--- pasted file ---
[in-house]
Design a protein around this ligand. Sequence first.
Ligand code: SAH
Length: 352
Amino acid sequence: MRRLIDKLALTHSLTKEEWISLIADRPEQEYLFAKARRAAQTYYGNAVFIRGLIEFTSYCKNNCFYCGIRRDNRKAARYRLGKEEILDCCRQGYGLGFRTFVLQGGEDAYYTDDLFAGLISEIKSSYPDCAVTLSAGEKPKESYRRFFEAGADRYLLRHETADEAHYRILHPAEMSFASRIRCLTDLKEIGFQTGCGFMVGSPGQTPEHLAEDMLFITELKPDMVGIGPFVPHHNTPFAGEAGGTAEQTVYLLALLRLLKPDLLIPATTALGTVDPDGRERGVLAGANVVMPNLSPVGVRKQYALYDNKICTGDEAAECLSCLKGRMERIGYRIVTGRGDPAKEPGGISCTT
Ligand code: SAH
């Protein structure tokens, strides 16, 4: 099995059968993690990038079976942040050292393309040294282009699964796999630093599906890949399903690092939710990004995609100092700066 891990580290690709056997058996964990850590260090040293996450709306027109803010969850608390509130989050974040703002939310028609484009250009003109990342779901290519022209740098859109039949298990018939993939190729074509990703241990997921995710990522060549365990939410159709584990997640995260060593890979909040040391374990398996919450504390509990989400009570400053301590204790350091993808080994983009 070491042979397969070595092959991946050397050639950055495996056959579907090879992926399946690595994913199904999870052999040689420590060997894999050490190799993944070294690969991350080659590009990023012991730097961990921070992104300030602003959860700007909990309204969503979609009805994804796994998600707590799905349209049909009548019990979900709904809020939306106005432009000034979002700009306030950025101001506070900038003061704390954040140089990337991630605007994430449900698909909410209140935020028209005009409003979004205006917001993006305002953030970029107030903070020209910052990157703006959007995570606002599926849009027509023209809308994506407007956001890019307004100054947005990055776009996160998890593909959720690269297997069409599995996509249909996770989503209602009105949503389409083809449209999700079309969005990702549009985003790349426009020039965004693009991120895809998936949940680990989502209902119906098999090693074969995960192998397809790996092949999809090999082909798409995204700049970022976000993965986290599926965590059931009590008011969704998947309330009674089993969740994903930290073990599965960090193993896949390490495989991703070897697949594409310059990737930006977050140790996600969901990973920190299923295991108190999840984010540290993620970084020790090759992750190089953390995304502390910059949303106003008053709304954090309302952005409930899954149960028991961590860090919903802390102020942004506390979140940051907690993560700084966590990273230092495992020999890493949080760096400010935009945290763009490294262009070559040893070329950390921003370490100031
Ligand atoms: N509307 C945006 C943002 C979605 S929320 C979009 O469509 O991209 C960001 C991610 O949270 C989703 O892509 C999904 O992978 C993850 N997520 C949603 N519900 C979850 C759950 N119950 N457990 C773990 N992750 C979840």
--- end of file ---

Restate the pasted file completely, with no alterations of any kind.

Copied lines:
[in-house]
Design a protein around this ligand. Sequence first.
Ligand code: SAH
Length: 352
Amino acid sequence: MRRLIDKLALTHSLTKEEWISLIADRPEQEYLFAKARRAAQTYYGNAVFIRGLIEFTSYCKNNCFYCGIRRDNRKAARYRLGKEEILDCCRQGYGLGFRTFVLQGGEDAYYTDDLFAGLISEIKSSYPDCAVTLSAGEKPKESYRRFFEAGADRYLLRHETADEAHYRILHPAEMSFASRIRCLTDLKEIGFQTGCGFMVGSPGQTPEHLAEDMLFITELKPDMVGIGPFVPHHNTPFAGEAGGTAEQTVYLLALLRLLKPDLLIPATTALGTVDPDGRERGVLAGANVVMPNLSPVGVRKQYALYDNKICTGDEAAECLSCLKGRMERIGYRIVTGRGDPAKEPGGISCTT
Ligand code: SAH
């Protein structure tokens, strides 16, 4: 099995059968993690990038079976942040050292393309040294282009699964796999630093599906890949399903690092939710990004995609100092700066 891990580290690709056997058996964990850590260090040293996450709306027109803010969850608390509130989050974040703002939310028609484009250009003109990342779901290519022209740098859109039949298990018939993939190729074509990703241990997921995710990522060549365990939410159709584990997640995260060593890979909040040391374990398996919450504390509990989400009570400053301590204790350091993808080994983009 070491042979397969070595092959991946050397050639950055495996056959579907090879992926399946690595994913199904999870052999040689420590060997894999050490190799993944070294690969991350080659590009990023012991730097961990921070992104300030602003959860700007909990309204969503979609009805994804796994998600707590799905349209049909009548019990979900709904809020939306106005432009000034979002700009306030950025101001506070900038003061704390954040140089990337991630605007994430449900698909909410209140935020028209005009409003979004205006917001993006305002953030970029107030903070020209910052990157703006959007995570606002599926849009027509023209809308994506407007956001890019307004100054947005990055776009996160998890593909959720690269297997069409599995996509249909996770989503209602009105949503389409083809449209999700079309969005990702549009985003790349426009020039965004693009991120895809998936949940680990989502209902119906098999090693074969995960192998397809790996092949999809090999082909798409995204700049970022976000993965986290599926965590059931009590008011969704998947309330009674089993969740994903930290073990599965960090193993896949390490495989991703070897697949594409310059990737930006977050140790996600969901990973920190299923295991108190999840984010540290993620970084020790090759992750190089953390995304502390910059949303106003008053709304954090309302952005409930899954149960028991961590860090919903802390102020942004506390979140940051907690993560700084966590990273230092495992020999890493949080760096400010935009945290763009490294262009070559040893070329950390921003370490100031
Ligand atoms: N509307 C945006 C943002 C979605 S929320 C979009 O469509 O991209 C960001 C991610 O949270 C989703 O892509 C999904 O992978 C993850 N997520 C949603 N519900 C979850 C759950 N119950 N457990 C773990 N992750 C979840």